Taiwan has been fairly locked down for around a month now. We can still go out, but the schools are online now and most offices are doing the same. On Monday, we were informed we could only go to market or a supermarket every second day. It depends on one's ID, you see? If the last digit of one's ID is odd, one can visit Monday, Wednesday and Friday. Even numbers get the other days. By law, people in Taiwan are not required to produce ID when asked. Most people I have talked are unaware of this law. While North America is opening up, we are going in the opposite direction. I think part of the problem is complacency; for example, people in America were getting the jab and we in Taiwan were busy patting ourselves on the back for managing to sidestep, relatively speaking that is, for more than a year. We complained and complained we did not get respect or congratulations on virus control. Now there is no herd immunity. Less than five percent of the population has been vaccinated.
The Hammer https://www.facebook.com/thehammertw, our restaurant, is still open. We can only do take out order. We have had to get more creative. We are offering new dishes and additional specials on drinks. My wife took this pic of one of the beers we are offering. The view is off our bedroom's balcony. The washed backdrop is the street that leads down to the Xindian River in Yonghe.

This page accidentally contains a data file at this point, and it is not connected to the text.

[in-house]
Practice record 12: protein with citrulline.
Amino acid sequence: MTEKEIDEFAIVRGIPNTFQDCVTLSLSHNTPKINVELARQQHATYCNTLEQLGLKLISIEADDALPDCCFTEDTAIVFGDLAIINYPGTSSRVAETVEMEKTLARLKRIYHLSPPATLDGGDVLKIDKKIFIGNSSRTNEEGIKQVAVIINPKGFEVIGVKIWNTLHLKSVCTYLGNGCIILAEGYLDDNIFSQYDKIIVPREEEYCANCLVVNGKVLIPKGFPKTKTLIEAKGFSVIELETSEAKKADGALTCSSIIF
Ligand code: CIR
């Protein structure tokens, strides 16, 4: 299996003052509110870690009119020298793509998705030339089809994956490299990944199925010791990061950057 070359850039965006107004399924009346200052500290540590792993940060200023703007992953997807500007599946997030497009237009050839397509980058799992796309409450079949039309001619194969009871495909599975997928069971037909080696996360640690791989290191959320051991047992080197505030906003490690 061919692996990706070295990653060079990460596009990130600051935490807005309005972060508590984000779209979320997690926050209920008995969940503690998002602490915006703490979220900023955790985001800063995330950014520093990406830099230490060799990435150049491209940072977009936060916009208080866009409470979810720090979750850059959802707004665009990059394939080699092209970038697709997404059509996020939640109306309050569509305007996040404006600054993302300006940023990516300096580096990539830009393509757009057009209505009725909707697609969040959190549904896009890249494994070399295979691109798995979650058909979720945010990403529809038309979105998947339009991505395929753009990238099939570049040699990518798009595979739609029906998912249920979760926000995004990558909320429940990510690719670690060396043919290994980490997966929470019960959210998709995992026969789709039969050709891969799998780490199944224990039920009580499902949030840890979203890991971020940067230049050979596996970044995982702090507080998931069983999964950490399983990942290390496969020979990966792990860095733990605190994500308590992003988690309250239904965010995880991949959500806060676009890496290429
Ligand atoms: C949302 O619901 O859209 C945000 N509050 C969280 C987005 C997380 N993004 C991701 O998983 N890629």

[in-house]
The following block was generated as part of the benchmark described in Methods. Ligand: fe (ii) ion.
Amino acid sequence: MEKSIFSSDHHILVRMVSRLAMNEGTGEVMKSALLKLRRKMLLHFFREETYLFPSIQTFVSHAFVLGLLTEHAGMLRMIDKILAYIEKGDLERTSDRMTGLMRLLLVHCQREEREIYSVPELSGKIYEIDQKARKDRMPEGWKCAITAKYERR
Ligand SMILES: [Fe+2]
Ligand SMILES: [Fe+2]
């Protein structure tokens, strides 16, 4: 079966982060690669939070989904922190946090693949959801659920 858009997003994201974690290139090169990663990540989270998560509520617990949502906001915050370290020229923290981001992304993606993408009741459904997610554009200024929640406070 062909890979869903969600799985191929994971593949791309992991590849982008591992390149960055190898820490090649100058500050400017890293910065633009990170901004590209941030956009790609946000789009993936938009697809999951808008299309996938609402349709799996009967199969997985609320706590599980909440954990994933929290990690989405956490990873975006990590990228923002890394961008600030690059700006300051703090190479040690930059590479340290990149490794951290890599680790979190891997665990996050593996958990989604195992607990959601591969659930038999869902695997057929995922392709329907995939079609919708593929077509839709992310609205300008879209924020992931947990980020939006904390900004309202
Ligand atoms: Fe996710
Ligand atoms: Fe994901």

Gary Patterson is involved in the English-speaking comedy scene here in Taipei. Over the past few decades, Patterson and other comedic rovers have been making the rounds, meeting at venues to crack wise and laugh it up. I met up with the comedian for a chat. I wanted to know why he does this. That is covered below. Patterson also filled me in on the history of stand-up in Taipei. He talked about what they had to go through in the early years, when Taiwan was still under martial law (1949-1987). The assertion of Taiwan's constitution and, in particular, freedom of speech, breathed energy into the movement in nineties. I will cover that part of our talk in a future post.
We've already seen Klute, Wild Strawberries, Magnolias and Badlands among others. I'll put a link up to Jeremy Olivier's (who is by coincidence a distant relative of Laurence Olivier) write up of Badlands, which he did after that showing. Jeremy's piece speaks to the idea that something good is coming out of the movie nights -- they are not just an excuse to drink. On that note, Chris will have NT$100 sangrias and NT$300 corned beef and cabbage plates available. http://goo.gl/wgH4FF
Things will get under way at around 7:30.
As an outsider biding his time in Taiwan, I am concerned about a pandemic spread out of China a year and a half ago and repercussions, the s...
I came across an interesting article from June 10th, 1946 in Time , the magazine that made Chiang Kai-shek and Song May-lin "Man and Wo...
Banks in Taiwan generally refuse "foreigners" credit cards. I guess they're afraid they won't be able to recoup money (I w...
I came across this passage while reading Owen Rutter's account of his 1922 visit to Taiwan in Through Formosa : "The Chinese atr...